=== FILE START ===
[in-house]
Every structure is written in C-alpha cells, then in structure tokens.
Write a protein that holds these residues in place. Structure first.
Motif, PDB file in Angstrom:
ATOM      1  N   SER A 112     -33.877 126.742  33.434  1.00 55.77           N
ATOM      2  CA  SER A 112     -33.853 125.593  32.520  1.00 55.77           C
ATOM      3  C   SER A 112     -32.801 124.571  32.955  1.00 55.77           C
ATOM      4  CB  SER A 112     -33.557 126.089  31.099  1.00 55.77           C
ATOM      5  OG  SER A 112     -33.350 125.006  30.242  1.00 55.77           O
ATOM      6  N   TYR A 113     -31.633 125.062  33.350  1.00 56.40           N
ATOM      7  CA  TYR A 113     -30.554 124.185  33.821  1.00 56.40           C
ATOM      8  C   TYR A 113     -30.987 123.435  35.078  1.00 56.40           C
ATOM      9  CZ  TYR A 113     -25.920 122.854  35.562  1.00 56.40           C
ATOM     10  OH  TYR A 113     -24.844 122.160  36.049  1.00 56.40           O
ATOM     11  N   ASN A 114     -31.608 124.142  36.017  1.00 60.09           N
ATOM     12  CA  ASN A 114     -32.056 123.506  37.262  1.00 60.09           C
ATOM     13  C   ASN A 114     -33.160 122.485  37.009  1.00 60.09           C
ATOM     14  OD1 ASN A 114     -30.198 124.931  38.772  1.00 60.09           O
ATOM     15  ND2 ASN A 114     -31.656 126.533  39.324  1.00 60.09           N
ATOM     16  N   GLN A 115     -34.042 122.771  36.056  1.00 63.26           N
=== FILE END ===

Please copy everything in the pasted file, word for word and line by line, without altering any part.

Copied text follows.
[in-house]
Every structure is written in C-alpha cells, then in structure tokens.
Write a protein that holds these residues in place. Structure first.
Motif, PDB file in Angstrom:
ATOM      1  N   SER A 112     -33.877 126.742  33.434  1.00 55.77           N
ATOM      2  CA  SER A 112     -33.853 125.593  32.520  1.00 55.77           C
ATOM      3  C   SER A 112     -32.801 124.571  32.955  1.00 55.77           C
ATOM      4  CB  SER A 112     -33.557 126.089  31.099  1.00 55.77           C
ATOM      5  OG  SER A 112     -33.350 125.006  30.242  1.00 55.77           O
ATOM      6  N   TYR A 113     -31.633 125.062  33.350  1.00 56.40           N
ATOM      7  CA  TYR A 113     -30.554 124.185  33.821  1.00 56.40           C
ATOM      8  C   TYR A 113     -30.987 123.435  35.078  1.00 56.40           C
ATOM      9  CZ  TYR A 113     -25.920 122.854  35.562  1.00 56.40           C
ATOM     10  OH  TYR A 113     -24.844 122.160  36.049  1.00 56.40           O
ATOM     11  N   ASN A 114     -31.608 124.142  36.017  1.00 60.09           N
ATOM     12  CA  ASN A 114     -32.056 123.506  37.262  1.00 60.09           C
ATOM     13  C   ASN A 114     -33.160 122.485  37.009  1.00 60.09           C
ATOM     14  OD1 ASN A 114     -30.198 124.931  38.772  1.00 60.09           O
ATOM     15  ND2 ASN A 114     -31.656 126.533  39.324  1.00 60.09           N
ATOM     16  N   GLN A 115     -34.042 122.771  36.056  1.00 63.26           N